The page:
Further, Notice 2009-13 requested comments, and comments in 
response to the notice were taken into account in the drafting and 
publication of TD 9478. As explained in the preamble to TD 9478, 
concerns were expressed regarding the scope of the language used in 
Notice 2009-13 on this specific issue. The amendments provided in TD 
9478 are responsive to public comments on and a logical outgrowth of 
the language in Notice 2009-13.
    Finally, the general rule under section 7216 prohibits the 
disclosure or use of tax return information unless a written consent is 
obtained or an exception applies. With the expiration of Notice 2009-13 
on December 31, 2009, the uses of statistical compilations allowed for 
in the notice were no longer permissible. If Sec.  301.7216-2(o) was 
made effective only upon publication of the final regulations, as the 
commentator seems to suggest, neither the exceptions provided for 
Notice 2009-13 nor those provided for in Sec.  301.7216-2T(o) would be 
applicable after December 2009. The permissible use of statistical 
compilations without taxpayer consent would be more, not less, 
restrictive than if Sec.  301.7216-2(o) had not been published as a 
temporary regulation.

Special Analyses

    It has been determined that this Treasury decision is not a 
significant regulatory action as defined in Executive Order 12866, as 
supplemented by Executive Order 13563. Therefore, a regulatory 
assessment is not required. It also has been determined that section 
553(b) of the Administrative Procedure Act (5 U.S.C. chapter 5) does 
not apply to these regulations, and because the regulations do not 
impose a collection of information on small entities, the Regulatory 
Flexibility Act (5 U.S.C. chapter 6) does not apply. Pursuant to 
section 7805(e) of the Code, the temporary regulations and the proposed 
regulations preceding these final regulations were published in the 
Federal Register to provide notice and the opportunity to comment.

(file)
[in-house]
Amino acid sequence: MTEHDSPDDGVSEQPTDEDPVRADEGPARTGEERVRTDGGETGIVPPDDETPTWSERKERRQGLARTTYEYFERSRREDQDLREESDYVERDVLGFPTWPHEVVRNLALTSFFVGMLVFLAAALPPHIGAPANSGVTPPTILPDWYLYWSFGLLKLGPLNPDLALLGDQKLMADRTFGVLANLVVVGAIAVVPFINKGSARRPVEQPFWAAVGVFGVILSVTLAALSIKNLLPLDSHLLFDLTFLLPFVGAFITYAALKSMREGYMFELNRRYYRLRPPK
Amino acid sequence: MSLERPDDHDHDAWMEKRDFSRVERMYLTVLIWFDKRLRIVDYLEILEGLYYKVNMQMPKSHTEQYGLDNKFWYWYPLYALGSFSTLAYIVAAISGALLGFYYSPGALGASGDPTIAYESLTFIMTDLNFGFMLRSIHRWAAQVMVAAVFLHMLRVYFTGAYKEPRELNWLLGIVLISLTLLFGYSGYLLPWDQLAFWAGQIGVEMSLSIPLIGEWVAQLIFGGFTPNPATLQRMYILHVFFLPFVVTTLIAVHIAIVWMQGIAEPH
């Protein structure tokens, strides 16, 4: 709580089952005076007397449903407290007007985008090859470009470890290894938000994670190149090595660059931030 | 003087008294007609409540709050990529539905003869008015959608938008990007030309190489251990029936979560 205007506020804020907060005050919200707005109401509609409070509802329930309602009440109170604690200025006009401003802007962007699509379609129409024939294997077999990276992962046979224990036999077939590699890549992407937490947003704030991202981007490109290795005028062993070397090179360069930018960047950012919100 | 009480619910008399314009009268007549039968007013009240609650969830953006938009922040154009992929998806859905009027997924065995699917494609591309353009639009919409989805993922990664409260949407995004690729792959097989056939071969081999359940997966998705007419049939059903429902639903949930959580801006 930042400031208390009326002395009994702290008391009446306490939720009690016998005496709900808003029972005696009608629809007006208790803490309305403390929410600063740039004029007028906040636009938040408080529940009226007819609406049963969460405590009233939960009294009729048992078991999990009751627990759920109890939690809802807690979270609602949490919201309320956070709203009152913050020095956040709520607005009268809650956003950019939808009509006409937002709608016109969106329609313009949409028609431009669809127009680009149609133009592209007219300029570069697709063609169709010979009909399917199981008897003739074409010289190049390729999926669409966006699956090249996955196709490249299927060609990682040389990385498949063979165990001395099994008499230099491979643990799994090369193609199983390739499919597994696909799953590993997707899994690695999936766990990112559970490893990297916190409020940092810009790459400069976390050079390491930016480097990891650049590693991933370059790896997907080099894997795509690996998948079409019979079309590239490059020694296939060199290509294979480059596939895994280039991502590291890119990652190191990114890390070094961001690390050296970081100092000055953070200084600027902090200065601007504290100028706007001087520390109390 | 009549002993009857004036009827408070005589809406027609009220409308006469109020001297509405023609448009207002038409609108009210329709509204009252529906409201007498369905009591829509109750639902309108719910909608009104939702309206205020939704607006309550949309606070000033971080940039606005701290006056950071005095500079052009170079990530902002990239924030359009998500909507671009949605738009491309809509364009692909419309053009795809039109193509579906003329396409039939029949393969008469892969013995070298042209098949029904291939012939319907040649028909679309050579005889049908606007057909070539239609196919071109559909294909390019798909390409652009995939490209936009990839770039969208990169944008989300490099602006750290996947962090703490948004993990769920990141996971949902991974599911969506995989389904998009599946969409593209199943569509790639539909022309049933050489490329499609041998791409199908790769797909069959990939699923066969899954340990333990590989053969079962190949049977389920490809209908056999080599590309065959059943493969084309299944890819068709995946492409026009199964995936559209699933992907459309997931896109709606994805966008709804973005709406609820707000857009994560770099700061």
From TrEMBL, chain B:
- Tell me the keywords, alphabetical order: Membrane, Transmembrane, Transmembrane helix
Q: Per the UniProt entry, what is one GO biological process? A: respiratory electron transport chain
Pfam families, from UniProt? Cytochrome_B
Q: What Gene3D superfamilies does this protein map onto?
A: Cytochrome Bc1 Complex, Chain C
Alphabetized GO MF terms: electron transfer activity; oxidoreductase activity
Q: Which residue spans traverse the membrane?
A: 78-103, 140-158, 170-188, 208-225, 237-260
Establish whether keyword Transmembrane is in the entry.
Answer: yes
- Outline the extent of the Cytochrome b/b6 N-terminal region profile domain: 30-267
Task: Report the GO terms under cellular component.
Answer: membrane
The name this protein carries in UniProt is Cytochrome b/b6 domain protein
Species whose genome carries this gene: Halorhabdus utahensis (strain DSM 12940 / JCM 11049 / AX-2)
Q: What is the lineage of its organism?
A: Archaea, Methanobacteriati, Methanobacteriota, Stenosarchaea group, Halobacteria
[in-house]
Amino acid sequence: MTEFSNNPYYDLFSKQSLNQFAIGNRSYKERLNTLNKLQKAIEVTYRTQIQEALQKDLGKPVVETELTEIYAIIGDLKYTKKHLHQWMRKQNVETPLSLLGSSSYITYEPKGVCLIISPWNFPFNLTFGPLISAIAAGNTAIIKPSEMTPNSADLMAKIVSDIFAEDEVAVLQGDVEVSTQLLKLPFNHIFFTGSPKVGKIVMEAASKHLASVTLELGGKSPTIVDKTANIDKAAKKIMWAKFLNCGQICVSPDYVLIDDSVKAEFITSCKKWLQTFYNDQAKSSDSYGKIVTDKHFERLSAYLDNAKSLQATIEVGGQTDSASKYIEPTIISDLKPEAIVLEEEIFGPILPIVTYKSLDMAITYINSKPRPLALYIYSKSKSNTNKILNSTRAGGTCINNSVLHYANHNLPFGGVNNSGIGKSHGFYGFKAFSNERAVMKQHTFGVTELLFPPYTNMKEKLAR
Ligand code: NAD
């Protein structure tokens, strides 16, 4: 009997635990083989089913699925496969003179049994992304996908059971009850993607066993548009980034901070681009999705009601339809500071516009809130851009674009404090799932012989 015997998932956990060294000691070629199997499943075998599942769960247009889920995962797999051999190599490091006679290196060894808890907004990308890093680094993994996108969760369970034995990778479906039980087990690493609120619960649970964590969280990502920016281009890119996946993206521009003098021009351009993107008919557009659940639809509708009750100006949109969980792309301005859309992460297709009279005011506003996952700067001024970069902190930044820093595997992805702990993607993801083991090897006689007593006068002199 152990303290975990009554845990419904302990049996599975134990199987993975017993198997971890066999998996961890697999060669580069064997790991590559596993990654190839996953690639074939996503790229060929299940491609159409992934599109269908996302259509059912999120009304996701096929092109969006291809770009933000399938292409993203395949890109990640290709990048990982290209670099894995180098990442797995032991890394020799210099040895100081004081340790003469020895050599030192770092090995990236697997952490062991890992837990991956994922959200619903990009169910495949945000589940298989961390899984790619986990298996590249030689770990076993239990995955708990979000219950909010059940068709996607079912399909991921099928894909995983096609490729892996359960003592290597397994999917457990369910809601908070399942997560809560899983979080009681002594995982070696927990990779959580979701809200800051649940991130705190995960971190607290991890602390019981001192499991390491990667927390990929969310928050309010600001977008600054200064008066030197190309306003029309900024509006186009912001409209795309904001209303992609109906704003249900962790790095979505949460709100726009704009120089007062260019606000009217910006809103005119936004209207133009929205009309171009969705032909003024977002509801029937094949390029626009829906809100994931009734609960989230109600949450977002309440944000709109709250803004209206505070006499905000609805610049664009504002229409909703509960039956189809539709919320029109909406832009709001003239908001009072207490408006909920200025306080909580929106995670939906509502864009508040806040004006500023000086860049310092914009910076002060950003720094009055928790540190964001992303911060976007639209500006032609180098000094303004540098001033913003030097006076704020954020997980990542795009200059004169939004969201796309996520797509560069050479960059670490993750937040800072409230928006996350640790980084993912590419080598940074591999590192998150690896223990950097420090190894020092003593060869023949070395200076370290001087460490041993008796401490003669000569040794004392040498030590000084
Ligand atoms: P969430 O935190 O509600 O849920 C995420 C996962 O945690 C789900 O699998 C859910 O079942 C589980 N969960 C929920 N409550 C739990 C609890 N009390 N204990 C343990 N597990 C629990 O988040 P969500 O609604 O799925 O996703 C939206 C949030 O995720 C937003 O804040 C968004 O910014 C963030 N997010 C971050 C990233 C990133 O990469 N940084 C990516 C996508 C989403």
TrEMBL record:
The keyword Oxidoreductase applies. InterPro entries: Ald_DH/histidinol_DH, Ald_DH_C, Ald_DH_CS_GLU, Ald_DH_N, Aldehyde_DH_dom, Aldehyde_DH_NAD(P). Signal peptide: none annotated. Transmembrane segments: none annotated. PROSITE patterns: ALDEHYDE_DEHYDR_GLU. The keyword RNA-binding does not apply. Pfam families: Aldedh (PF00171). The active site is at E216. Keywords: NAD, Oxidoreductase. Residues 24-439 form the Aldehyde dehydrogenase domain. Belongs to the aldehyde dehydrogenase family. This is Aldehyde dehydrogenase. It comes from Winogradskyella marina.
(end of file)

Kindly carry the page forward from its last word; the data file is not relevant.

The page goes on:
Pursuant to section 7805(f) of the Code, the proposed regulations 
preceding these regulations were submitted to the Chief Counsel for 
Advocacy of the Small Business Administration for comment on its impact 
on small business, and no comments were received.

Drafting Information

    The principal authors of these regulations are Skyler K. Bradbury 
and Emily M. Lesniak, Office of the Associate Chief Counsel (Procedure 
and Administration).

List of Subjects in 26 CFR Part 301

    Employment taxes, Estate taxes, Excise taxes, Gift taxes, Income 
taxes, Penalties, Reporting and recordkeeping requirements.

Amendments to the Regulations

    Accordingly, 26 CFR part 301 is amended as follows:

PART 301--PROCEDURE AND ADMINISTRATION

0
Paragraph 1. The authority citation for part 301 continues to read in 
part as follows:

    Authority:  26 U.S.C. 7805 * * *


0
Par. 2. Section 301.7216-0 is amended by revising the entries for

[[Page 76404]]

Sec.  301.7216-2, paragraphs (n), (o), and (p) to read as follows:


Sec.  301.7216-0  Table of contents.

* * * * *
Sec.  301.7216-2 Permissible disclosures or uses without consent of 
the taxpayer.
* * * * *
    (n) Lists for solicitation of tax return preparation business.
    (o) Producing statistical information in connection with tax 
return preparation business.
    (p) Disclosure or use of information for quality, peer, or 
conflict reviews.
* * * * *


Sec.  301.7216-0T  [Removed]

0
Par. 3. Section 301.7216-0T is removed.

0
Par. 4. Section 301.7216-2 is amended by revising paragraphs (n), (o), 
(p), and (s) to read as follows:


Sec.  301.7216-2  Permissible disclosures or uses without consent of 
the taxpayer.

* * * * *
    (n) Lists for solicitation of tax return preparation business. (1) 
A tax return preparer, other than a person who is a tax return preparer 
solely because the person provides auxiliary services as defined in 
Sec.  301.7216-1(b)(2)(iii), may compile and maintain a separate list 
containing solely items of tax return information. The following items 
of tax return information are permissible: The names, mailing 
addresses, email addresses, phone numbers, taxpayer entity 
classification (including ``individual'' or the specific type of 
business entity), and income tax return form number (for example, Form 
1040-EZ) of taxpayers whose tax returns the tax return preparer has 
prepared or processed. The Internal Revenue Service may issue guidance, 
by publication in the Internal Revenue Bulletin (see Sec.  
601.601(d)(2)(ii)(b) of this chapter), describing other types of 
information that may be included in a list compiled and maintained 
pursuant to this paragraph. This list may be used by the compiler 
solely to contact the taxpayers on the list for the purpose of 
providing tax information and general business or economic information 
or analysis for educational purposes, or soliciting additional tax 
return preparation services. The list may not be used to solicit any 
service or product other than tax return preparation services. The